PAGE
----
Drivers to face detours and traffic control during West Victoria construction

By Jill Sperling
April 15, 2019 - 4:49pm Updated: April 15, 2019 - 6:17pm

KAMLOOPS — It's day one of the West Victoria Reconstruction project and motorists may have to plan their routes differently if they plan to visit the area. 

The $13 million project is expected to last until at least next summer and will involve utility upgrades, road reconstruction and improved pedestrian access. 

Meantime, drivers will have to put up with detours and traffic control personnel throughout the first phase of the project. 

"We've got a portion of West Victoria Street from basically City Hall to where it merges with Seymour Street that's closed," said Capital Projects Manager, Darren Crundwell. "So, there's two-way directional traffic on Seymour Street right now and a detour by 1st Avenue, and then for westbound traffic they obviously have to turn right and go down Seymour."

Throughout construction, the city plans to keep businesses and motorists informed about changes to the traffic pattern. 

"Communication is one of the top priorities on this project," Crundwell said. "We've got basically a full-time communications person working with us, the contractor also has a full-time communications person. We're using social media, weekly email updates to stakeholders, advertising, every form of communication we can to get out changes in the schedule, changes in the traffic patterns, anything like that."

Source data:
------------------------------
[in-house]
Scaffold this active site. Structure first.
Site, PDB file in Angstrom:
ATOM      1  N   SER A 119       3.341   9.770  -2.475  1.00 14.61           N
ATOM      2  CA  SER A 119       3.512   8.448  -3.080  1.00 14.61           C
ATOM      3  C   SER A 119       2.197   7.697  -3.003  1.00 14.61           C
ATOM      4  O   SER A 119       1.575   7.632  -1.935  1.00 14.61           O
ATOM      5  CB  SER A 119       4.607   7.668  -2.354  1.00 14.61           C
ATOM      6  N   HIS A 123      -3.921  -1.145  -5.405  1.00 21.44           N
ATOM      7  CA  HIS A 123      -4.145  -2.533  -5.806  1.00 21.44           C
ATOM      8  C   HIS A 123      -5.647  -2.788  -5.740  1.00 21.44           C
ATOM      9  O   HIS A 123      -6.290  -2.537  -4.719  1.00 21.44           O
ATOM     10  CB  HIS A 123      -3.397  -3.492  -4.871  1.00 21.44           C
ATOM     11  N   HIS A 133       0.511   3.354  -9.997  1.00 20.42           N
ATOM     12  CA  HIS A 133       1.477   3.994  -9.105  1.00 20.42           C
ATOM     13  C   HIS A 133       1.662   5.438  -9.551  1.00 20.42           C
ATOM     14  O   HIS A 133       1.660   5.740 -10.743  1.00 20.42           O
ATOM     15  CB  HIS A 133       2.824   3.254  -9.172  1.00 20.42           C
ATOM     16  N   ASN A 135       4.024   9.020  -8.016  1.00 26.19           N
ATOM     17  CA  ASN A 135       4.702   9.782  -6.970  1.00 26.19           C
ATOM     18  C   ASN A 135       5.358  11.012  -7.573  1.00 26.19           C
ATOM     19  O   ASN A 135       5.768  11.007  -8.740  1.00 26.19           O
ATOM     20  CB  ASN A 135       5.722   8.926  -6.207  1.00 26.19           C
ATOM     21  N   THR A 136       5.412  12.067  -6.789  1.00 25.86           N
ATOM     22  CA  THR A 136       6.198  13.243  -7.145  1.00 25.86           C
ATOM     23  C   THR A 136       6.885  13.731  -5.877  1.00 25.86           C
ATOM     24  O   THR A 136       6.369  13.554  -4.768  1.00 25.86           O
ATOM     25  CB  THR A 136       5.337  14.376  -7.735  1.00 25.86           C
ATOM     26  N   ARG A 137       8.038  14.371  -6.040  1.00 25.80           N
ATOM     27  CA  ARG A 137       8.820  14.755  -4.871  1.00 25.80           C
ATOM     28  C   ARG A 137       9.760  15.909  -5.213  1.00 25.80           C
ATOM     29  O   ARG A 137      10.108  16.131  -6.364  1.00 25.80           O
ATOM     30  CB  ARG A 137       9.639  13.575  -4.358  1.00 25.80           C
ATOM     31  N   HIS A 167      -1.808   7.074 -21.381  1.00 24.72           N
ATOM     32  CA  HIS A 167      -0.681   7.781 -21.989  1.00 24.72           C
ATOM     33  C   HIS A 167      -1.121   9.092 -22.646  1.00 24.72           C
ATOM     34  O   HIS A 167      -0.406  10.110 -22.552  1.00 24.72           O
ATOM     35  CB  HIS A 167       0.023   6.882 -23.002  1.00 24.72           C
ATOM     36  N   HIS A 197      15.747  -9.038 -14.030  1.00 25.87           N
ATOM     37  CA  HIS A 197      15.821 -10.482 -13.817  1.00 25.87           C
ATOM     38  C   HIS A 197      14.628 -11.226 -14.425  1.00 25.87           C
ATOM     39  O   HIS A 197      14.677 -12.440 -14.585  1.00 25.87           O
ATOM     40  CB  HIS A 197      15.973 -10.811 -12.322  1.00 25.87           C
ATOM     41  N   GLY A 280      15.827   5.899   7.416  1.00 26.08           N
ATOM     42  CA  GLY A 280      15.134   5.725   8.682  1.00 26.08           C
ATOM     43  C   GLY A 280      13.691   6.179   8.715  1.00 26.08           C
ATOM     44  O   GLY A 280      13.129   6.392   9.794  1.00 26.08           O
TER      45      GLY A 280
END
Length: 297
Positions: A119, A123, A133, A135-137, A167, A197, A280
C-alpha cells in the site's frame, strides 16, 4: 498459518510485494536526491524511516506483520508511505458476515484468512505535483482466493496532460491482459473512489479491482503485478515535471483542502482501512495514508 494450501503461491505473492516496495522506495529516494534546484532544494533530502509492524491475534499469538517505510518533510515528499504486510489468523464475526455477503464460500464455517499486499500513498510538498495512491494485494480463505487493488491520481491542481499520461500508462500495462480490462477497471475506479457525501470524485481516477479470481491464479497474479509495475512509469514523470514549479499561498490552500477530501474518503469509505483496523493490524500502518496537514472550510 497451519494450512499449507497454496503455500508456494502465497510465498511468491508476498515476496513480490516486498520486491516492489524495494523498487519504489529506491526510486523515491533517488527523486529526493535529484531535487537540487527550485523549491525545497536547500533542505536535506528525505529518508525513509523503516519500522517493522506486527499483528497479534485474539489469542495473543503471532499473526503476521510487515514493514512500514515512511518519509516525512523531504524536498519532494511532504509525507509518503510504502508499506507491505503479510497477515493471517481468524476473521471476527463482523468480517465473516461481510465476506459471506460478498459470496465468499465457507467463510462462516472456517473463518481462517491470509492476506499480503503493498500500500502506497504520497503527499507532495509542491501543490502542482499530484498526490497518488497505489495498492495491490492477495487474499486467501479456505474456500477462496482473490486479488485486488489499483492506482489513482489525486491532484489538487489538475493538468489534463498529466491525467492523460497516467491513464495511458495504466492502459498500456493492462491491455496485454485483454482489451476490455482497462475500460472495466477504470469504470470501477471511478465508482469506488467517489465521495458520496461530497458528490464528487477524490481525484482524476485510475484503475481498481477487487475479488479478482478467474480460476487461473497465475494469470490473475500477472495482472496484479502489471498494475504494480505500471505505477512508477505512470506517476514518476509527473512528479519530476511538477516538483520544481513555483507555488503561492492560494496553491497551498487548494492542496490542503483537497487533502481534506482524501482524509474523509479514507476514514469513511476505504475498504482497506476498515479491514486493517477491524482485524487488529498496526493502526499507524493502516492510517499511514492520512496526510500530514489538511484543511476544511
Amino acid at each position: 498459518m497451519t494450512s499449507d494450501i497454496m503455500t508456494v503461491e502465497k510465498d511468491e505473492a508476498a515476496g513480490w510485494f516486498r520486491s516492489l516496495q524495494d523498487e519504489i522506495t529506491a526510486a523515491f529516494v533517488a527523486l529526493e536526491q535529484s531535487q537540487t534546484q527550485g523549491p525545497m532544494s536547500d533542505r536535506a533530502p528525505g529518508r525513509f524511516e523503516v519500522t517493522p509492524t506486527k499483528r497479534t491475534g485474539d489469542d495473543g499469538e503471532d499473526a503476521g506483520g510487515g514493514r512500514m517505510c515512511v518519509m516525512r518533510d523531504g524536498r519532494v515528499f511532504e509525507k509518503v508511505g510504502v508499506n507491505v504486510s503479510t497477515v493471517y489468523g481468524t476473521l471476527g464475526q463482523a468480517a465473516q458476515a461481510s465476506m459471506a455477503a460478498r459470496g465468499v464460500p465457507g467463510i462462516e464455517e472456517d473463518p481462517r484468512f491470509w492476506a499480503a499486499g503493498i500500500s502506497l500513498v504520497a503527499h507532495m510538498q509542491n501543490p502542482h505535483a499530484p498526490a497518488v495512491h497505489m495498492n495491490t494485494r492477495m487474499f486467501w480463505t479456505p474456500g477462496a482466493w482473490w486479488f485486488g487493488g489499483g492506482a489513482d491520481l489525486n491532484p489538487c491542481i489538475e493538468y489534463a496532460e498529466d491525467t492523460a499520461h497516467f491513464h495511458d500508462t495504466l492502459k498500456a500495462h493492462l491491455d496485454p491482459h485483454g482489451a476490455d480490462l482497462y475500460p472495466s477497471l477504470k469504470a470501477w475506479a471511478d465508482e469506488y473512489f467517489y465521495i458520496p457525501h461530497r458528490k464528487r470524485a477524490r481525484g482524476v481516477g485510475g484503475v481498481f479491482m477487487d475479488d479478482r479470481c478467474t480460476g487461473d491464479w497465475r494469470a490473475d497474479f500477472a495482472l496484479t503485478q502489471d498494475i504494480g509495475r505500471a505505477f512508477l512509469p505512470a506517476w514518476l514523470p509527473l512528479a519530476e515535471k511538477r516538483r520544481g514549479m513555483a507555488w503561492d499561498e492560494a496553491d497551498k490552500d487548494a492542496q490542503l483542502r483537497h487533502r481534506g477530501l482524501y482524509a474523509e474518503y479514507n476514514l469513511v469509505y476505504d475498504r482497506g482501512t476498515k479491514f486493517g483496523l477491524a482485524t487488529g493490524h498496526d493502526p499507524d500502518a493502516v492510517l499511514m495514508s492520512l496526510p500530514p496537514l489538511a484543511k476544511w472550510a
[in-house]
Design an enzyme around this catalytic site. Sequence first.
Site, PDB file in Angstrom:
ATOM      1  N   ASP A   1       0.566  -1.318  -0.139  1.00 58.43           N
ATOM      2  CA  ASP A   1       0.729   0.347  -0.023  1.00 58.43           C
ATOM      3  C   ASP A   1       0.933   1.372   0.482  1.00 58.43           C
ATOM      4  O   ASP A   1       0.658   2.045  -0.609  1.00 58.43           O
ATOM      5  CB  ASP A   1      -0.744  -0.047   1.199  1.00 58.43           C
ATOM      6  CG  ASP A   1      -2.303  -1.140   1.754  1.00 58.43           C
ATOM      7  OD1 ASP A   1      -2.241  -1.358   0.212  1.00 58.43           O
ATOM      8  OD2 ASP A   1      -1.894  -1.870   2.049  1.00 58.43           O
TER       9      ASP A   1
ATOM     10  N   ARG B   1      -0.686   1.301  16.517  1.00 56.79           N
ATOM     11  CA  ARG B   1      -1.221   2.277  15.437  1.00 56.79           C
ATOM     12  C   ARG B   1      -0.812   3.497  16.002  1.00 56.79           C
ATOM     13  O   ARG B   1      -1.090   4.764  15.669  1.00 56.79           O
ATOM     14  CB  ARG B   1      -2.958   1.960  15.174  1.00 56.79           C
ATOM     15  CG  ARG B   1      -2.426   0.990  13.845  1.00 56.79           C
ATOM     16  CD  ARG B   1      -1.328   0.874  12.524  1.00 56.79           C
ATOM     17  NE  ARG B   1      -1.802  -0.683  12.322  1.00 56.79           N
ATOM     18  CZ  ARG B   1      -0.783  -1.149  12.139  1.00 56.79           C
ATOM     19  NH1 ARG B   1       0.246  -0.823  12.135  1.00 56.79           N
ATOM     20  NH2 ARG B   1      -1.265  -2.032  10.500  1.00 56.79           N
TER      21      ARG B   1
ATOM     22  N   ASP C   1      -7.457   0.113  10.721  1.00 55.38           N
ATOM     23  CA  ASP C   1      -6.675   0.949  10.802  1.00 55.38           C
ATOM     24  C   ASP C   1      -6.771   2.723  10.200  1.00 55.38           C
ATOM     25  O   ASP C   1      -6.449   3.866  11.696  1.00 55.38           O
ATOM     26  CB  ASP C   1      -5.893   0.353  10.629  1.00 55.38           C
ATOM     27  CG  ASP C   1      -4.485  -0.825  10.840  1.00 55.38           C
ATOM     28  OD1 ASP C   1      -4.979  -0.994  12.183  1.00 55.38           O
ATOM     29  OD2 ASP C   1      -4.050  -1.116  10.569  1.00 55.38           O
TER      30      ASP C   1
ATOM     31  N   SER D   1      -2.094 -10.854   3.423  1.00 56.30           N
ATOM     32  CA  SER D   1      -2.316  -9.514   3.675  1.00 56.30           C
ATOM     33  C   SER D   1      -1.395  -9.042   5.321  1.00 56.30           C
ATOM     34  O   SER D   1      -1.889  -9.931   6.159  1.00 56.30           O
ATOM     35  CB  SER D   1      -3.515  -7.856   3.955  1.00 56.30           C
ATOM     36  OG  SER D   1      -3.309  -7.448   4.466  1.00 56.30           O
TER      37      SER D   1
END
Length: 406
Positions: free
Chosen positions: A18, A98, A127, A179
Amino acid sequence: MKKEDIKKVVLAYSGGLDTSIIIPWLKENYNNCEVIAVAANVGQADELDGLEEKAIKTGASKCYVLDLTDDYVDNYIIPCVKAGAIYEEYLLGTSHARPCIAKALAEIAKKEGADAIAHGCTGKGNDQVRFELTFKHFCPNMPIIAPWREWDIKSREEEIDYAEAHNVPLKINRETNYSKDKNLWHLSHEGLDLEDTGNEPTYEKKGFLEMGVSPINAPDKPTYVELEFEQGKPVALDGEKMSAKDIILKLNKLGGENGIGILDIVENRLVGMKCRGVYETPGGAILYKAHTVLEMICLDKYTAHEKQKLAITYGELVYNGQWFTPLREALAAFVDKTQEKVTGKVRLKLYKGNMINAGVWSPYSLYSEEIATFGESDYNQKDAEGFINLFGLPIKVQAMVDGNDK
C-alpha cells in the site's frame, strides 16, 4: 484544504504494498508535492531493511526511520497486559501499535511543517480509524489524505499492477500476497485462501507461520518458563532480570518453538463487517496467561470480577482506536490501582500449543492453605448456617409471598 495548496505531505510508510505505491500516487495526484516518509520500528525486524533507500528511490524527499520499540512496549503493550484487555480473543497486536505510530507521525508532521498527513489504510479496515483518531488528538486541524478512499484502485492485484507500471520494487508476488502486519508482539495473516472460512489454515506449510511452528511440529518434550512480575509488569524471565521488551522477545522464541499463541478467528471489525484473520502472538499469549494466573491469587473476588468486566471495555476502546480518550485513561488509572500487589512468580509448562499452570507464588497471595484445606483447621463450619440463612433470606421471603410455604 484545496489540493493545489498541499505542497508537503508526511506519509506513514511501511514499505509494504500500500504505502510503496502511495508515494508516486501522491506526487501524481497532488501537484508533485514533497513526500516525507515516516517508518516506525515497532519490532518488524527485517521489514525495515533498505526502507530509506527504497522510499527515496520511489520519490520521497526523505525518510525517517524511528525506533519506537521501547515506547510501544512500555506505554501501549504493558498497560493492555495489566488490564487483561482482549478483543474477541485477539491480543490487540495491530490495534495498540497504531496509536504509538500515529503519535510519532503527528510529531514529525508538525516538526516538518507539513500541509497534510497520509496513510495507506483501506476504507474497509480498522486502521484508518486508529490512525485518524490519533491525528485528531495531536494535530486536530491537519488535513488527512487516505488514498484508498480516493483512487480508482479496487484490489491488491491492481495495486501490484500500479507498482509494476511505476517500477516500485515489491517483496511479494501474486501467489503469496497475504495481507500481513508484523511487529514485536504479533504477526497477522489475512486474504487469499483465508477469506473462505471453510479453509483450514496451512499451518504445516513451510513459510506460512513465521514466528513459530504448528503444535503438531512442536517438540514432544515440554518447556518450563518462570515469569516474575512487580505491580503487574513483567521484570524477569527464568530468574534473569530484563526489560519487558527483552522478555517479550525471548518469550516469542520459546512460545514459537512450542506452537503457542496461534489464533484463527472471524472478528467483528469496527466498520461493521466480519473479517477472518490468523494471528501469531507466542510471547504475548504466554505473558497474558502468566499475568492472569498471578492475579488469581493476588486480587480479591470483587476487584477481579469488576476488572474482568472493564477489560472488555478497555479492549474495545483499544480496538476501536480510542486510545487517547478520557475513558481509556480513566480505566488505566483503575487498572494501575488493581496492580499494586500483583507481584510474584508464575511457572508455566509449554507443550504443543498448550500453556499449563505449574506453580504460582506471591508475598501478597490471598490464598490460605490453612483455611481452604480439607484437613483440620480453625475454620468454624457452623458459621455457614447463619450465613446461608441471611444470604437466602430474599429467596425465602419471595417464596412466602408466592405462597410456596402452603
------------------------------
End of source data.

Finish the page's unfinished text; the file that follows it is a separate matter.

There are also a couple of webcams that show the progression of the project and traffic congestion. 

"We were watching them this morning, it seems to be flowing well and the merge at Seymour Street, it looks like people are getting the zipper merge," Crundwell said. 

The first stage is expected to be completed by mid-July, at which point crews will be focusing on opposite sides of West Victoria. 

"Stage two will be on the south side, stage three will be on the north side and then stage four is work closer to the Overlanders Bridge," Crundwell said. 

Originally, the city was anticipating the project to last a full two years. Now, they're hoping the reconstruction will be completed by next summer. 

"We think we've got a schedule and a plan that allows us to get out much quicker than we had anticipated," Crundwell said. "So we had originally told the public it would be a full two years, like I said I hope we're done by next summer."

While the city is asking anyone who can avoid the area to do so, they also want the public to know that businesses are open and need to be supported during construction. 

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